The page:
New this week on Google Maps with cell phone: “My Location” on the map.
My mom’s side of the family used to be HAM radio fanatics. My cousins and I all got our amateur radio Tech (no code) licenses during our summer visits with the grandparents. Somehow upgrading to General class, and the long distance communication that would have opened up between me in Northern California and them in Southern California fizzled with the advent of the internet and cell phones. But I digress.
One of the fun radio games we used to play is Foxhunt. Someone goes out as a “fox” that is either stationary or moving. Everyone else goes out with special radio antennas that can tell the “hunters” what direction or bearing the “fox” is in (by signal strength in each direction the antenna is pointed). If you triangulate between those bearings, either by moving around if the fox is stationary or communicating with other hunters at the same time if the fox is moving, “X” marks the spot where the bearings intersect. What Google is now doing with the My Location feature of Maps (in beta, released this week) is quite similar.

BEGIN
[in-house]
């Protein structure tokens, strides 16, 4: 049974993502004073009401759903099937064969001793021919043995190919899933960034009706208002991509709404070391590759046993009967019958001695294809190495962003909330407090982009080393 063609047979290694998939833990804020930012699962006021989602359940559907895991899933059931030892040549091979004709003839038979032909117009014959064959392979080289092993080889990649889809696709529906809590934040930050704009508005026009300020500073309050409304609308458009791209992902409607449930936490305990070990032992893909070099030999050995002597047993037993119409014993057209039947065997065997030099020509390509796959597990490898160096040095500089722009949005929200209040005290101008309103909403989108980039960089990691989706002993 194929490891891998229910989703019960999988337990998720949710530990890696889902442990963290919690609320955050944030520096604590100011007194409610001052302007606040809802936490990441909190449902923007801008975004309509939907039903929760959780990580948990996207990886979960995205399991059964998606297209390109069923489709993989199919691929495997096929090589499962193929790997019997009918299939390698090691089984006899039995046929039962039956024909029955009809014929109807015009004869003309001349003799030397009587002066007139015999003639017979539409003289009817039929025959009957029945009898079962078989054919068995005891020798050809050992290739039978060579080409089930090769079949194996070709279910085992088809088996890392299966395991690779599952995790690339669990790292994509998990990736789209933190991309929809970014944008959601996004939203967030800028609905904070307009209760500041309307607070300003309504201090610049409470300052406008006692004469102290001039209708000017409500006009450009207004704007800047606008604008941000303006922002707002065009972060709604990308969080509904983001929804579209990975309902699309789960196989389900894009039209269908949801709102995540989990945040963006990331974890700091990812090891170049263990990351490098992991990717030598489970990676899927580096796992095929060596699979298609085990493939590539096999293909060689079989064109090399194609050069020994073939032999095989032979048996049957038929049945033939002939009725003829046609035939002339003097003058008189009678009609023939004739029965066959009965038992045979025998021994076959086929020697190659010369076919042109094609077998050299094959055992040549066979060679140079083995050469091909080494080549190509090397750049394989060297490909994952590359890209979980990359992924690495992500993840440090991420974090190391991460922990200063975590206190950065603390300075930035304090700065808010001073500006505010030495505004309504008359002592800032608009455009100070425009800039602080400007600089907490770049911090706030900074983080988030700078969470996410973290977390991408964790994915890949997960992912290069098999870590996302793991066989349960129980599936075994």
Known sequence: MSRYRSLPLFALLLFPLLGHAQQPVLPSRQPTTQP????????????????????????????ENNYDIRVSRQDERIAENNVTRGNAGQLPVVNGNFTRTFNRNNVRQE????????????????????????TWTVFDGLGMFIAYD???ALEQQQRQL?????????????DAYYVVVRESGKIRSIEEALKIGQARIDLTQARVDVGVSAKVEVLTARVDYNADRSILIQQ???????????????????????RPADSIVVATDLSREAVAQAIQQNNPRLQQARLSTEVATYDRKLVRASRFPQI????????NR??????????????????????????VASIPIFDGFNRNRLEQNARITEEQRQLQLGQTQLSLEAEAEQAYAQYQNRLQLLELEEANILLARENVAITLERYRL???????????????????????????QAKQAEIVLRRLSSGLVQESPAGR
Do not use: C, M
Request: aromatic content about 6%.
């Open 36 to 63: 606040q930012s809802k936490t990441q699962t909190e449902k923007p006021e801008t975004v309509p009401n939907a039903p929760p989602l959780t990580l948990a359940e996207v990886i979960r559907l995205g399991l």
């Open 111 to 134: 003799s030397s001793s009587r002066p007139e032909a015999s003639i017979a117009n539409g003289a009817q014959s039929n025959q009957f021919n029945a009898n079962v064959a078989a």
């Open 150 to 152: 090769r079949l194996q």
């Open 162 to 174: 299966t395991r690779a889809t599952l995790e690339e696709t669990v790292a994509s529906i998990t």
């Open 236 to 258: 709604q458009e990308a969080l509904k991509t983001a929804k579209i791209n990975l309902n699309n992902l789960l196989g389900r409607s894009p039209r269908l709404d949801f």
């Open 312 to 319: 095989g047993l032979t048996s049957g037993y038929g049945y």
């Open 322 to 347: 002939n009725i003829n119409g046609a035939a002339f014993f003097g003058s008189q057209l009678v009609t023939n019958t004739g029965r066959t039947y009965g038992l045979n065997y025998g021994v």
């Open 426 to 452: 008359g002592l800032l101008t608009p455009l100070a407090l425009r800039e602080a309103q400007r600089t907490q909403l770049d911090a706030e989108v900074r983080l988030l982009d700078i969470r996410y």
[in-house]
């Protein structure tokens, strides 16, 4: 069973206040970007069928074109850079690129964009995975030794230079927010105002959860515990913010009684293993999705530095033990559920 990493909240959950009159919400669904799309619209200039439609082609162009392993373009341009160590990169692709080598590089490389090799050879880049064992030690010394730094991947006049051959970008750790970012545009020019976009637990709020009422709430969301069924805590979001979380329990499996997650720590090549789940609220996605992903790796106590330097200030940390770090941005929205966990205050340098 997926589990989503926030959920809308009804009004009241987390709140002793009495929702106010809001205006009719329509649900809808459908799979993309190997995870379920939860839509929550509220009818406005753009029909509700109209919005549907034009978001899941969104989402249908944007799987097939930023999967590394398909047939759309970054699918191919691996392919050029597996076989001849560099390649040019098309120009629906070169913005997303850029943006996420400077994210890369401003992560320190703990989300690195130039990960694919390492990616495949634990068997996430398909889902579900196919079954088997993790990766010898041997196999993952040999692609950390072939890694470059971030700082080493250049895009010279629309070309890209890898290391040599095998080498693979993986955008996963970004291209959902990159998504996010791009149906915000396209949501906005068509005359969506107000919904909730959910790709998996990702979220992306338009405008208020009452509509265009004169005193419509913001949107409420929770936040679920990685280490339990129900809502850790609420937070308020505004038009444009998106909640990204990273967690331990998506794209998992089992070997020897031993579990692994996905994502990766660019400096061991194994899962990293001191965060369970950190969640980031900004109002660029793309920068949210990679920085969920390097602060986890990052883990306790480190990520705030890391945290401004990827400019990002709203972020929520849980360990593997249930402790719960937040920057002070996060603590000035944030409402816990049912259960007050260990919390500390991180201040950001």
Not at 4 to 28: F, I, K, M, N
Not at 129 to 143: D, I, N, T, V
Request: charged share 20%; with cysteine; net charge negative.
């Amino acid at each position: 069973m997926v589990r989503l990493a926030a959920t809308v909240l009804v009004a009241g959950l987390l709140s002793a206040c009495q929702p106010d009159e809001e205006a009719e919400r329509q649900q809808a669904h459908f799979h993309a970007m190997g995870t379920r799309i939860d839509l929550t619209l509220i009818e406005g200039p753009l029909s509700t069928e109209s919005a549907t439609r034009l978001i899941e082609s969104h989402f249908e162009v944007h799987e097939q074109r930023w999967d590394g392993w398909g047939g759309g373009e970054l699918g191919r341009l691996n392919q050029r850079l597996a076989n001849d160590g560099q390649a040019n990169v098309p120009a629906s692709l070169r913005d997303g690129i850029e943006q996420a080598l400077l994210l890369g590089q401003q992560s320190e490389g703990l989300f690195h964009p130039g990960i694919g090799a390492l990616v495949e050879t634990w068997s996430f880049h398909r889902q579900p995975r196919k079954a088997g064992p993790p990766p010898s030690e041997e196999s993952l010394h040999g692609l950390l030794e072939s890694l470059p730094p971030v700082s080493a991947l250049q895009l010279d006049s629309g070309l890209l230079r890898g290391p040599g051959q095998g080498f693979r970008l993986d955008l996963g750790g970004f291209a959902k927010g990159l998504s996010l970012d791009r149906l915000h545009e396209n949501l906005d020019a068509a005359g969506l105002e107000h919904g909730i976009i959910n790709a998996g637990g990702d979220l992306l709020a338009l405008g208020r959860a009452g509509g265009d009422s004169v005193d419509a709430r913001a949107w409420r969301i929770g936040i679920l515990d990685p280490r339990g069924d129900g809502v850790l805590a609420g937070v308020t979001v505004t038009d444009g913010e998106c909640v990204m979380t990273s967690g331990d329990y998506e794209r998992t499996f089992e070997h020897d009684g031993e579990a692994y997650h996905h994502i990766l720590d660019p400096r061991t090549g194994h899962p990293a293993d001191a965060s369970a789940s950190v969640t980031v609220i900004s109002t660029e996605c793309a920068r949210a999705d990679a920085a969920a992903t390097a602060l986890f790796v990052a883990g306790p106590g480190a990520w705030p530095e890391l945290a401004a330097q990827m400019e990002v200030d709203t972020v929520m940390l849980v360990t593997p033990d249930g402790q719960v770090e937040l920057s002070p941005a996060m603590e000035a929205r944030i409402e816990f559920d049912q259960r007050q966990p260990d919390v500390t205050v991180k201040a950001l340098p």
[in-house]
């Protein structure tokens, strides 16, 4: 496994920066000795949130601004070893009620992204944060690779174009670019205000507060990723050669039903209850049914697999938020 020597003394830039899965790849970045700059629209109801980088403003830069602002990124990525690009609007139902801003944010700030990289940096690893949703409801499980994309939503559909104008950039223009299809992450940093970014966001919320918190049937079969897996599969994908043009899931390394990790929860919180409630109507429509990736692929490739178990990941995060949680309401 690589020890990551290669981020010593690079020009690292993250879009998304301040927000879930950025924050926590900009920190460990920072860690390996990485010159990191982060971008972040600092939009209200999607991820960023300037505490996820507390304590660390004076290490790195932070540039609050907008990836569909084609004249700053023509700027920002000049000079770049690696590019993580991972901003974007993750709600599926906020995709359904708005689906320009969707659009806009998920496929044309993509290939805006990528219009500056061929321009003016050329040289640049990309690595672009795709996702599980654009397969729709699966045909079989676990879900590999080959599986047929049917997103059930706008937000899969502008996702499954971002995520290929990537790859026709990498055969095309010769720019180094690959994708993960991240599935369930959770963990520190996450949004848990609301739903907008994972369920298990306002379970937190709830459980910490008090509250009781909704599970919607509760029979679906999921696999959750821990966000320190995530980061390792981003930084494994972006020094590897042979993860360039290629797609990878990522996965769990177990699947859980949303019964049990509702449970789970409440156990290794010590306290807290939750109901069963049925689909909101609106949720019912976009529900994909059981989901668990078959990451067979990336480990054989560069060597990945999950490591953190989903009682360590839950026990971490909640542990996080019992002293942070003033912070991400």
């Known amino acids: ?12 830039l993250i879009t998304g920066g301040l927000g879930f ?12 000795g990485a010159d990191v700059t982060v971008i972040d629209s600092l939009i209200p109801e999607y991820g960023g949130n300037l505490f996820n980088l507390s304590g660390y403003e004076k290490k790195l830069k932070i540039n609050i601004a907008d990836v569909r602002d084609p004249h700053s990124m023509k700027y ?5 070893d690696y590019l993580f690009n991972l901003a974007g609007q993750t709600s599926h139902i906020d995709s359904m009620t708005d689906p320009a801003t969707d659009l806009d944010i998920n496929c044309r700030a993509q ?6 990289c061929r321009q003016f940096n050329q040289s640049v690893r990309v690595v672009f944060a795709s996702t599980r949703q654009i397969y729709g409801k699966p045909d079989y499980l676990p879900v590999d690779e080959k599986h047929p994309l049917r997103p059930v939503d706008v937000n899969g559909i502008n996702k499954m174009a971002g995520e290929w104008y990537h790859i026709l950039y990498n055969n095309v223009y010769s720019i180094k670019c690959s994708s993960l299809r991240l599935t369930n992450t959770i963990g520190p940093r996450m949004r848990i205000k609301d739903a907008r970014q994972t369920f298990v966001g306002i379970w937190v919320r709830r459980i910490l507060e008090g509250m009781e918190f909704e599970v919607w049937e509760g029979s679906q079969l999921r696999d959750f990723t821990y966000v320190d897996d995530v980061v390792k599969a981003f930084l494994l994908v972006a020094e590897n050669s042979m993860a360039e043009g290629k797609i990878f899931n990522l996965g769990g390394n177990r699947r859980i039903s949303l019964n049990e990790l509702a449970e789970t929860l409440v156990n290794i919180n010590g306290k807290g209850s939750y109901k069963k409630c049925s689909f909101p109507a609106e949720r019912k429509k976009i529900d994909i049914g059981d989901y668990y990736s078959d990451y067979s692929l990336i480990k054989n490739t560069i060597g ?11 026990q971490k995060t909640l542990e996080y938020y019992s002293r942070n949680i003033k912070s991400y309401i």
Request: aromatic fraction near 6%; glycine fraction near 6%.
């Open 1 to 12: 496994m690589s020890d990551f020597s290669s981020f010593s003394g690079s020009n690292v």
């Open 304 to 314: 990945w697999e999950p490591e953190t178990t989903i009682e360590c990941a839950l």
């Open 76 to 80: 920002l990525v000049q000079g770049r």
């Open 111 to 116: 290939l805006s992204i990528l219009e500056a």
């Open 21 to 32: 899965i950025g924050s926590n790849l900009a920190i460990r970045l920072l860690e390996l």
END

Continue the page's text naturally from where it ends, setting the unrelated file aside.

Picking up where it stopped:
When you use a cell phone you communicate with a tower equipped with antenna that patches your call into the big telecom network. There are usually a number of towers in any one area that are all picking up your signal, even if just one is transmitting it onto the larger network. Using all those towers, your location can be pinpointed with quite a bit of accuracy by analyzing the bearing of your signal from each tower. The more towers, the more precise your location.
Now you can leverage that feature of cellular communication to determine your location on the map, without a GPS enabled phone. And the best part? It works especially well in downtown areas where GPS signals scatter and become less precise but there are usually more cell phone towers making up that precision.